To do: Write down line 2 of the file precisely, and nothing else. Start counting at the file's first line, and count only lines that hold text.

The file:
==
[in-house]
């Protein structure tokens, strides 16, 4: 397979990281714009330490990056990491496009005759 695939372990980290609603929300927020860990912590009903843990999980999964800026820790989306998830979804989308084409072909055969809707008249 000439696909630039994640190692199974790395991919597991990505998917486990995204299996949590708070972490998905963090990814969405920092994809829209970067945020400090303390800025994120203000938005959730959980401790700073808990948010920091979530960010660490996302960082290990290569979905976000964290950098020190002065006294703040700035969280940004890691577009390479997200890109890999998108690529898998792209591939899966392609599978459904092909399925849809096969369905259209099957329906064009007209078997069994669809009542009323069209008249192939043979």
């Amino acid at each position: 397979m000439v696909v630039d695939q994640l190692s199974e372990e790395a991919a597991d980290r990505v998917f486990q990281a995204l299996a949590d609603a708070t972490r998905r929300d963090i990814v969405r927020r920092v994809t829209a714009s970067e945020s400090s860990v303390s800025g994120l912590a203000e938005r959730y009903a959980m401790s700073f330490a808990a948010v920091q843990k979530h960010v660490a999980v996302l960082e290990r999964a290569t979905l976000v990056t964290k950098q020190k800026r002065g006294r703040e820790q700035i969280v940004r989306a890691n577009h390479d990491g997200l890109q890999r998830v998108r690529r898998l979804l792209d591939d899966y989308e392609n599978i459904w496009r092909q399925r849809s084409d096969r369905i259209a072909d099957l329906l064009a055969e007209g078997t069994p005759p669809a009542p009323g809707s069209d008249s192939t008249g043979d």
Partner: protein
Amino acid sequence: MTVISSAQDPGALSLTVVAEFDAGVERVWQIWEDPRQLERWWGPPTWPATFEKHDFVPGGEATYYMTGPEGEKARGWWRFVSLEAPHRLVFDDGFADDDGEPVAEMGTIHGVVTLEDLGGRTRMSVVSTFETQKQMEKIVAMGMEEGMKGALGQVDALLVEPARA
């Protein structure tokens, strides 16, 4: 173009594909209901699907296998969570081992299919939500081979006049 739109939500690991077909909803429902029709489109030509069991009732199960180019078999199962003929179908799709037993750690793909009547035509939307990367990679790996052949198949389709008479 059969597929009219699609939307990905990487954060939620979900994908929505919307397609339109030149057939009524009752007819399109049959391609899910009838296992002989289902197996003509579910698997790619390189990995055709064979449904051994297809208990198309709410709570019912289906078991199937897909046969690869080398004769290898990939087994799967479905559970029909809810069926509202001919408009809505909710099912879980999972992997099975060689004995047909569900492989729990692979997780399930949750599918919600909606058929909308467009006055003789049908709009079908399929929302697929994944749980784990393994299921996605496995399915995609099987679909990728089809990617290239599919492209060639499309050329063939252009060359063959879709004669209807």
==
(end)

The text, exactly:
């Protein structure tokens, strides 16, 4: 397979990281714009330490990056990491496009005759 695939372990980290609603929300927020860990912590009903843990999980999964800026820790989306998830979804989308084409072909055969809707008249 000439696909630039994640190692199974790395991919597991990505998917486990995204299996949590708070972490998905963090990814969405920092994809829209970067945020400090303390800025994120203000938005959730959980401790700073808990948010920091979530960010660490996302960082290990290569979905976000964290950098020190002065006294703040700035969280940004890691577009390479997200890109890999998108690529898998792209591939899966392609599978459904092909399925849809096969369905259209099957329906064009007209078997069994669809009542009323069209008249192939043979």